Fewer Finns now oppose immigration compared to figures from a few years ago, according to a survey conducted by Kantar TNS for Helsingin Sanomat, the country's most widely read paper. A total of 1,005 people took part in the questionnaire.
In 2010 just 36 percent of respondents said Finland should let more people move here from other countries. That figure is now at 47 percent.
The change in attitudes is also illustrated by the finding that while seven years ago 59 percent of respondents said they opposed immigration altogether, in 2017 only 41 percent said so.
Economic woes harden values
HS interviewed associate sociology professor Lena Näre, who specialises in questions of immigration. She says that anti-immigration sentiment tends to strengthen and spread in times of economic uncertainty, or indeed outright decline, such as the Great Recession that UN studies say began around 2007 and was felt worldwide.
"The recession was reflected in Finnish attitudes of the early 2010s," Näre says.
Another issue she raises is the ageing population. As the population shrinks, Finland now needs a new generation of working people to sustain its economy.
"Population ageing has been an issue for years. In Sweden population growth has been brisk thanks to high immigration numbers, leading to economic growth," says Näre.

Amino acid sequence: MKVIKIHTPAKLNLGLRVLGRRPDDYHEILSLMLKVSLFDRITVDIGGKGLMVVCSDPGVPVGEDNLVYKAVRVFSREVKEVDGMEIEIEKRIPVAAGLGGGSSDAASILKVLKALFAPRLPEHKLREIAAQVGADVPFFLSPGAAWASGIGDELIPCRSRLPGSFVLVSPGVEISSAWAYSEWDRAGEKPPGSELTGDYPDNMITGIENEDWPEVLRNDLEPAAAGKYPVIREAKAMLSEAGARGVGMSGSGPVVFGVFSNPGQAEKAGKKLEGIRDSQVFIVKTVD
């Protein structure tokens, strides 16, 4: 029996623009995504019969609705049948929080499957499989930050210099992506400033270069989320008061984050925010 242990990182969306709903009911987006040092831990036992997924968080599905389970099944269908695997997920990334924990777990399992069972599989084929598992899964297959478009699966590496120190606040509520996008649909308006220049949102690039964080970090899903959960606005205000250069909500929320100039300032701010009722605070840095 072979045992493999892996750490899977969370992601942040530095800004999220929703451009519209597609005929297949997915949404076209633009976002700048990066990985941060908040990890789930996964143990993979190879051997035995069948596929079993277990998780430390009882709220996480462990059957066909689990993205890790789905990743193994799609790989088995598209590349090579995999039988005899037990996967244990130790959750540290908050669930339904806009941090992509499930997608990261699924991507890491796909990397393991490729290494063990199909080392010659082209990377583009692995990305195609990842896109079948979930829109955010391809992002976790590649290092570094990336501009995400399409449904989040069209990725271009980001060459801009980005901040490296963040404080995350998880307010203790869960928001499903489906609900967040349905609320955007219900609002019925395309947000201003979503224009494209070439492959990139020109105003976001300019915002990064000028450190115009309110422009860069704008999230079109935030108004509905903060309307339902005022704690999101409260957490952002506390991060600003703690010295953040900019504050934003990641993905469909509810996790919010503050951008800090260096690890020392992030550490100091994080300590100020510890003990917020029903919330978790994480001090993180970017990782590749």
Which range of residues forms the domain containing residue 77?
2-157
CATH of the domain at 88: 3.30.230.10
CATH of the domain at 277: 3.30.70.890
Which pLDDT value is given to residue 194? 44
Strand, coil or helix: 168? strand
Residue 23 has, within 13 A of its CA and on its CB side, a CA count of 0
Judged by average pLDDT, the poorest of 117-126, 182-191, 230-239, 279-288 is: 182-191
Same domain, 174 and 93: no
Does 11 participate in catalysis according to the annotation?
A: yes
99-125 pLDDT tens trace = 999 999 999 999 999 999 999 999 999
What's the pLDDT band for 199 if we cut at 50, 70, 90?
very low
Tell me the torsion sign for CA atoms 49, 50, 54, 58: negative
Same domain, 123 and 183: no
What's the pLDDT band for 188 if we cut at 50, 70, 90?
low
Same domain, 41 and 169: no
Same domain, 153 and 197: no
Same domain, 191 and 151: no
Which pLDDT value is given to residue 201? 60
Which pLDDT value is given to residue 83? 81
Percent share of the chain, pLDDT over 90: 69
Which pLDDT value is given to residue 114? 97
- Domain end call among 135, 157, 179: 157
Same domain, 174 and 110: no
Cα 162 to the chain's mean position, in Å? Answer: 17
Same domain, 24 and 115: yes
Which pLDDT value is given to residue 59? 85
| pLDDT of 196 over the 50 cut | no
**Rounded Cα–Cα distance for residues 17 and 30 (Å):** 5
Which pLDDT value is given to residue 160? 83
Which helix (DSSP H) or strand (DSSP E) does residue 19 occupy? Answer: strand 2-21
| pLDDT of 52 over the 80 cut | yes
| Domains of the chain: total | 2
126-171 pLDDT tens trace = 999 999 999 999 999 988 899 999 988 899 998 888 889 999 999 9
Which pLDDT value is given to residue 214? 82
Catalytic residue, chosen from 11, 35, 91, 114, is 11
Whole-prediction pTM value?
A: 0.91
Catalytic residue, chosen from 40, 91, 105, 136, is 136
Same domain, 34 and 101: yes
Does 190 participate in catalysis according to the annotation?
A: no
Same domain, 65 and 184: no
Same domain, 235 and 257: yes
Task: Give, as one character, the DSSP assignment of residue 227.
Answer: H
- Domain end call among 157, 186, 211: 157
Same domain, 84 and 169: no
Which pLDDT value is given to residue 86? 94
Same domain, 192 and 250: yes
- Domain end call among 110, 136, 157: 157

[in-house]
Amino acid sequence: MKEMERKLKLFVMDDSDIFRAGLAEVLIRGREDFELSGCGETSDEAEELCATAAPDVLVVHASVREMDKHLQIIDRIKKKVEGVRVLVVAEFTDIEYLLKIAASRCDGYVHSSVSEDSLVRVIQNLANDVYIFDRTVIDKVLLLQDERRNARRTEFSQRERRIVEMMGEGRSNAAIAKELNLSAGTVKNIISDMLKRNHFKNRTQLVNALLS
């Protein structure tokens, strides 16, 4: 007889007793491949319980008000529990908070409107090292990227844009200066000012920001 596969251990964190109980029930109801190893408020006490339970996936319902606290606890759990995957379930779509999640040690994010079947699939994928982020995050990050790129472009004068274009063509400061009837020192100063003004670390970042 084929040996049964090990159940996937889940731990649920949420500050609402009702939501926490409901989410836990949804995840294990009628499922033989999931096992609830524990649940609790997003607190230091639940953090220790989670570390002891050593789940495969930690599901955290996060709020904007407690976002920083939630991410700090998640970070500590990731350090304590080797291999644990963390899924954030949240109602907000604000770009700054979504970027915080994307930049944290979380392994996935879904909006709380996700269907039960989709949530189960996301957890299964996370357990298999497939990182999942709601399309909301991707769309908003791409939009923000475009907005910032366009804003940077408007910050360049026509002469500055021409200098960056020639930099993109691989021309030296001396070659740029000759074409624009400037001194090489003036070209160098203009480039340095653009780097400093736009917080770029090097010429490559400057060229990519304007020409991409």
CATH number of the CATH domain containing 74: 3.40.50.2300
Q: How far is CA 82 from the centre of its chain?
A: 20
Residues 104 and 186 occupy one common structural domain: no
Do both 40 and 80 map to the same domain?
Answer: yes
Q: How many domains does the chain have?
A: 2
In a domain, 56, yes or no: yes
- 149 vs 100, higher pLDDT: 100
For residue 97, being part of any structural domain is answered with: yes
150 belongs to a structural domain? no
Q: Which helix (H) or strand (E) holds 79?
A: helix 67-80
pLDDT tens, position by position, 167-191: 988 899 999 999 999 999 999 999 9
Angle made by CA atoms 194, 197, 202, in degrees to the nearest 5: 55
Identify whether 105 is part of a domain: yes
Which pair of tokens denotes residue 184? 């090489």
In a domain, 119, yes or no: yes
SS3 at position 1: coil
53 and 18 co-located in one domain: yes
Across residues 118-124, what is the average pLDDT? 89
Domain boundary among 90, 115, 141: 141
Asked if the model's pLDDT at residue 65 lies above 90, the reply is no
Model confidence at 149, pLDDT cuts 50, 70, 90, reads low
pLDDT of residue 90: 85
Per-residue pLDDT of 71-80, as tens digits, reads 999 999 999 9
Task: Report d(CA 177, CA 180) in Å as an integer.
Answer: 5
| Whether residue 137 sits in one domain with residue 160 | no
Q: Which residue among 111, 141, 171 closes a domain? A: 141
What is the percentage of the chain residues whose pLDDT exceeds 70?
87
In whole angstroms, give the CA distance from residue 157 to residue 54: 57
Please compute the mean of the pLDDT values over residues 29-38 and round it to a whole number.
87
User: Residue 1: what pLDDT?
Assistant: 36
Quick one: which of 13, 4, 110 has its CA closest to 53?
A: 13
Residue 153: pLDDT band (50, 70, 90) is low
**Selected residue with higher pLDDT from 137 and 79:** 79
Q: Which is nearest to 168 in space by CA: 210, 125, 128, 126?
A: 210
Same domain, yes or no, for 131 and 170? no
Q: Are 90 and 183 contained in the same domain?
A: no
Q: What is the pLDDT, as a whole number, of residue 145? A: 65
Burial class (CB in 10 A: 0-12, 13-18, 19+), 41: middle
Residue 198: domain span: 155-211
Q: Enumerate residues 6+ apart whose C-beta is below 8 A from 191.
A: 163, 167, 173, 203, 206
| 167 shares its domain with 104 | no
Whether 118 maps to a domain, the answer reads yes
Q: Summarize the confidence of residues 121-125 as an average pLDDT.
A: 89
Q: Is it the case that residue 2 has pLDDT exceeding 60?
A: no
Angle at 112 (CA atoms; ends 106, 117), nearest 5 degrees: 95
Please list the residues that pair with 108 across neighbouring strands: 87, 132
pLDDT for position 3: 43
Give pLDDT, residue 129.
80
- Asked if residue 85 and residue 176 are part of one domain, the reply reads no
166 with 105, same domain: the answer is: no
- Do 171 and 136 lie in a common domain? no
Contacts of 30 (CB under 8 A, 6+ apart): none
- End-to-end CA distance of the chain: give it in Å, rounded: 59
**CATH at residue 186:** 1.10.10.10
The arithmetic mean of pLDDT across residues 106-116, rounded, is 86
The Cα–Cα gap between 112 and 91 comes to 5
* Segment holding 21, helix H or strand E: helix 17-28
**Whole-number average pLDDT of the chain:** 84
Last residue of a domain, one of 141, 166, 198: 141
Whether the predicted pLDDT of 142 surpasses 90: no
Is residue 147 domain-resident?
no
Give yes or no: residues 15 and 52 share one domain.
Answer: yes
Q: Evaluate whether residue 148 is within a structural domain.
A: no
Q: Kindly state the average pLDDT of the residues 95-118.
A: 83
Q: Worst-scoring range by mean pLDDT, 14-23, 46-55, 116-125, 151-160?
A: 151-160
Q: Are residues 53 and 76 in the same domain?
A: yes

The HS poll also asked respondents how much racism they felt there is in Finland. In all, some 67 percent said there is either a lot or quite a lot of racism in the country.
"Now that it's the centennial, we should be dismantling our idea of what it is to be Finnish," Näre says in HS.
100K doable, says Interior Ministry
The Interior Ministry also commissioned an immigration poll, this time for 43 administrative Ministry experts.
Respondents were asked about their views on the severity of the challenges that would accompany the immigration of 10,000, 100,000 and one million people into Finland. Experts held that resources would hold up with moderately or seriously challenging effects if some 100,000 more immigrants were to enter the country.
Responses proposing measures to alleviate infrastructural difficulties depended on the reasons behind the potential influx of many thousands more immigrants. Top potential reasons for a continued migrant crisis were nuclear devastation, climate change and political instability.
The Immigration Service reports that some 32,500 asylum seekers entered Finland in 2015. One year later that figure was at 6,000 people.
Edit: Added data from Interior Ministry poll.